It must be admitted that in the late Soan of N.W. India (now Pakistan) 
a flake element becomes rather prominent, so that it is possible that the 
hand-axe industries were followed by a period of flake industries based on 
the Levalloisian technique. But sites with pure and typical industries are 
still wanting. On the other hand, the oldest industry found by Subba 
Rao (1948) at Sanganakallu, Bellary District, appears to contain a Levalloisian 
element. These patinated flakes of trap and sandstone, of which about 400 
have been found, are at least in part made from cores prepared in the 
Levalloisian fashion. This is particularly evident in the case of the short 
round flakes, which on the upper surfaces clearly show a preparation by 
flaking from the periphery of the core, prior to the taking off of the flake 
which it was intended to strike. Similarly the long flakes are struck from 
cores from which other long flakes had been taken off in the same direction. 
This might be a variety of Levalloisian technique, as indeed it is wherever 
the so-called blade-flakes were made by peoples using the prepared-core 
technique, for instance in Mark Kleeberg (Central Germany), on the Somme 
(Northern France), in the Mount Carmel caves (Palestine) and elsewhere.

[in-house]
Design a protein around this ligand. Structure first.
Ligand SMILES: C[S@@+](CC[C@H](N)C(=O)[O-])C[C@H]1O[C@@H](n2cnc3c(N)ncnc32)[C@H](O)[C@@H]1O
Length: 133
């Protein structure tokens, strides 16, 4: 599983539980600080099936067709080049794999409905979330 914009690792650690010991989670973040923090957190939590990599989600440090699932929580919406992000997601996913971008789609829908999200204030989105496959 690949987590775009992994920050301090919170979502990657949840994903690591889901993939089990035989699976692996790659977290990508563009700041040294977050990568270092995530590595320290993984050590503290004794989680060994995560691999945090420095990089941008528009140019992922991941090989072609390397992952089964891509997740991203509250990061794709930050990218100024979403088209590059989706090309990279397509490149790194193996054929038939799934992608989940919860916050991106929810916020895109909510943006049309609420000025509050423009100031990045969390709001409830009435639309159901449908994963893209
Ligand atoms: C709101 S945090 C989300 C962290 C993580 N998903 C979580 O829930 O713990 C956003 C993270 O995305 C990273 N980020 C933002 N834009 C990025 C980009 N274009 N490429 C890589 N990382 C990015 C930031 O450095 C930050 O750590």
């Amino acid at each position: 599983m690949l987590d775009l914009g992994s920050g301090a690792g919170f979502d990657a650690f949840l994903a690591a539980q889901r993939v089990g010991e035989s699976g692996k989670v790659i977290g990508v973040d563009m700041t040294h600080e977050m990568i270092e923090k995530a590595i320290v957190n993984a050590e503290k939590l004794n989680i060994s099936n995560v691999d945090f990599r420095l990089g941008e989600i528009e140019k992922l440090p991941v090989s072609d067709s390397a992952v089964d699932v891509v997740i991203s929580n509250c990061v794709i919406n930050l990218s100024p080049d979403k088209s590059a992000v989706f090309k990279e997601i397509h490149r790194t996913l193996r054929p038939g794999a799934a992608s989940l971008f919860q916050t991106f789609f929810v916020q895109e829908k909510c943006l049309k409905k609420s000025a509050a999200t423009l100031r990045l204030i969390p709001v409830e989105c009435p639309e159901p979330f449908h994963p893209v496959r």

Where, however, the raw material is not first-class flint or obsidian, poor, 
flake-like blades are easily produced from cylindrical or conical blade cores. 
This possibility applies to the long flakes from Sanganakallu since they are 
made of trap and sandstone. If this is the case, they are no more than a 
large facies of the microlithic blades present in the same layer. This alterna- 
tive has to be regarded seriously, since Subba Rao expressly states that 
microliths were actually found in association with the flakes under discussion. 

A similar occurrence of blade-flakes in association with a microlithic 
industry is observed also in a collection of implements from Hyderabad made 
by von Furer-Haimendorf and housed at the Institute of Archaelogy, London. 
It is composed of surface finds and contains large numbers of rough fluted 
cores which may be regarded as giant forms of the microlithic cores. With 
them occur numerous flakes comparable with the Sanganakallu ones and 
also many microliths. The raw material is jasper and chert, available in 
large lumps. The age of this industry is unknown; it may have lasted into 
comparatively recent times. 

It is noteworthy that blade-flakes are present at Brahmagiri also, but 
their association with microliths cannot be established since they have so far 
been found on the surface only. This will be described on page 34. 


This evidence is admittedly scanty, though it leaves one with the impres- 
sion that the microlithic industries of South India can be derived from a 
hypothetical Levalloisian flake industry which preceded them. 

In this respect, South India would not stand alone, since in North 
Africa, in the opinion of Professor Vaufrey (1933), the Aterian, a direct